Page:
Errami and Garner published in the January 24, 2008, issue of Nature an article entitled, “A Tale of Two Citations,” that deals with the timely subject of publication of duplicate reports(1). With the increase in the number of scientific journals and the ongoing pressure to publish in them, inappropriate and unethical practices, such as plagiarism, unauthorized “cosubmission” of a paper to 2 or more journals simultaneously, and duplication of a previous report, may also be on the rise.
The authors of the Nature Commentary focused on 2 important reports to document this problem(2)(3). The first was from a large study that used text-matching software to mine 280 000 entries in arXiv, an open-access database for publications in mathematics, physics, biology, statistics, and computer science(2). Of the examined articles, 0.2% of them were suspected of plagiarism, and 10.5% were suspected of being a duplicate publication by the same authors. The second study was from an anonymous survey of 3247 American biomedical researchers(3). In this survey, 1.4% of the researchers admitted to the act of plagiarism, and 4.7% confessed to repeated publication of the same results. With more than 17 million citations in the Medline database, these figures imply that the number of articles with suspected plagiarism ranges from 34 000–238 000 and that for duplicate publication is approximately 800 000 to 1.8 million.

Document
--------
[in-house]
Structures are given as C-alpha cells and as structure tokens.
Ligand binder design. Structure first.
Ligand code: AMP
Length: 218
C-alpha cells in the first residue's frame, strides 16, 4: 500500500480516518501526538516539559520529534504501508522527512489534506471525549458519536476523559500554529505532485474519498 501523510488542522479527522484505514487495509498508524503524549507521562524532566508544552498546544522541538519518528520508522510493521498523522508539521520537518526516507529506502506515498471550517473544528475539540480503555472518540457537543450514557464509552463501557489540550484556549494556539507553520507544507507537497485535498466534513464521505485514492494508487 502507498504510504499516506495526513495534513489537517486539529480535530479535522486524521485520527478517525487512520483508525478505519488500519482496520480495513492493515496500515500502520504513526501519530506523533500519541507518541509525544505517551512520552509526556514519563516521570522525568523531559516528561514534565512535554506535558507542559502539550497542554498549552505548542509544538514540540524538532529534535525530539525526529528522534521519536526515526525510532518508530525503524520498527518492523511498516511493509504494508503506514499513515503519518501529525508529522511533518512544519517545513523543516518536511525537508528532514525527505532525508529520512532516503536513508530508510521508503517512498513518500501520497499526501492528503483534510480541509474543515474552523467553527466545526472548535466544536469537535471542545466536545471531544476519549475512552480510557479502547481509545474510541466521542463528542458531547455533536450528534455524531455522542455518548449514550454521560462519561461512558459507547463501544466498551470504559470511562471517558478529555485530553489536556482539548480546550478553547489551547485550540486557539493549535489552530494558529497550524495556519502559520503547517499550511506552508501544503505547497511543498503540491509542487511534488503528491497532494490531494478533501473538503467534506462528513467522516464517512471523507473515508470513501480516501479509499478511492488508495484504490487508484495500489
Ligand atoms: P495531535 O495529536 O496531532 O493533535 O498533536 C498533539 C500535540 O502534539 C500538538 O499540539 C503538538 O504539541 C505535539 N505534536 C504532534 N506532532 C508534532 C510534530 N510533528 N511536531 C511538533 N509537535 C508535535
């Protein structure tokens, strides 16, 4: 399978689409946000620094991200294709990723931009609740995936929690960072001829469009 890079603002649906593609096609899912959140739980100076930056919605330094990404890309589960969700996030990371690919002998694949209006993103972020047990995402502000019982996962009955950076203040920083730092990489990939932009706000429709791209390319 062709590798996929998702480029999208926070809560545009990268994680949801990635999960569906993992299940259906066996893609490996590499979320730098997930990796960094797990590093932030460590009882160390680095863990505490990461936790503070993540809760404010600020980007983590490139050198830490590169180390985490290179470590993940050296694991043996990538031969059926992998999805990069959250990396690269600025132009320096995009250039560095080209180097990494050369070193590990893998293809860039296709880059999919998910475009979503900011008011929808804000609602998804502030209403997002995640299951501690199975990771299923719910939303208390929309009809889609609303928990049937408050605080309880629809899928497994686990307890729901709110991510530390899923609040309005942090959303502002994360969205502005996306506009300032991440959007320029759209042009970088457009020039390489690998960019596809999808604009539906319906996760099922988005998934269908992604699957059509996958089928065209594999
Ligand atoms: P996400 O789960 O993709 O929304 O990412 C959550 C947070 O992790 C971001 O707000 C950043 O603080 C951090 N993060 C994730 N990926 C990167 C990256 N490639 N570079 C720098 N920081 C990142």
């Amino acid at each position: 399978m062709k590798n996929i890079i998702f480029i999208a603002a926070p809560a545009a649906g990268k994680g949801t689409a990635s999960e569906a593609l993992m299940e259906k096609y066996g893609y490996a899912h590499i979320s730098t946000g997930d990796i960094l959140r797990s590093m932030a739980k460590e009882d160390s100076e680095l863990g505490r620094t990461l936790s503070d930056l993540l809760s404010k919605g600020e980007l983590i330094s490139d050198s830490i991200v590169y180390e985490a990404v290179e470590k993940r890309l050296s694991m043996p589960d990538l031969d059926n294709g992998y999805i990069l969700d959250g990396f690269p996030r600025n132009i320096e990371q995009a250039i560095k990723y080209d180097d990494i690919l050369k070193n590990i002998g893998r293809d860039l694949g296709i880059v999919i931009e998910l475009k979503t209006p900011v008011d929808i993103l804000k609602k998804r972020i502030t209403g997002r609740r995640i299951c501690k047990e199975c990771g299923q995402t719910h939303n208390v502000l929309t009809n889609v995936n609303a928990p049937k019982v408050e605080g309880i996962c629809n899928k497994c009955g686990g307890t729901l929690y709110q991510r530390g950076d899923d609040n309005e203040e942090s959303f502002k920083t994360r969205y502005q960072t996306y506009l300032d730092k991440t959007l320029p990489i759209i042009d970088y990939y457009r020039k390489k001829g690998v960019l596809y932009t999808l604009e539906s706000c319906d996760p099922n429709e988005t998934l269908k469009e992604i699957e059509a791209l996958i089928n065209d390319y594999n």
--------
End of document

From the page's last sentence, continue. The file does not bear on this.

Armed with this information, Erami and Garner embarked on the challenging task of documenting the trend in suspected duplicates in the biomedical literature over the past 30 years (1975–2005) and sought to determine whether the publication of duplicates is a country-dependent phenomenon. The authors searched online databases such as Medline by using text-similarity software and the eTBLAST search engine, which is freely available online. The potential duplicates were deposited in Déjà vu, a publicly accessible database (http://spore.swmed.edu/dejavu).
The authors found that the annual number of biomedical publications increased from approximately 250 000 to 600 000 over this 30-year period, while the percentage of suspected duplicates had risen disproportionately from 0.018% to 0.9%. Furthermore, the duplication rates for particular countries were proportional to the numbers of contributions from those countries, with the exception of China and Japan, which had twice the rates of duplicates than expected for their numbers of contributed publications.
Although these findings are interesting, some aspects of the conclusions are of concern. The authors acknowledged that manual verification of the articles listed in Déjà vu as duplicates is currently ongoing and that the results should be interpreted with caution. The frequency of suspected duplicates appears to be high, however, and the issue of false-positive identification is not well addressed in the overall message of the report.
To examine the false-positive rate in the Déjà vu database, we checked the suspected duplicates in 3 journals, The New England Journal of Medicine (NEJM), Clinical Chemistry, and The Lancet, since 1975. According to ISI (http://portal.isiknowledge.com), NEJM published 11 779 original and review articles during this period. According to Déjà vu, 14 of these reports were suspected duplicates. After a careful examination, we found none of these articles in NEJM to be a duplicate publication.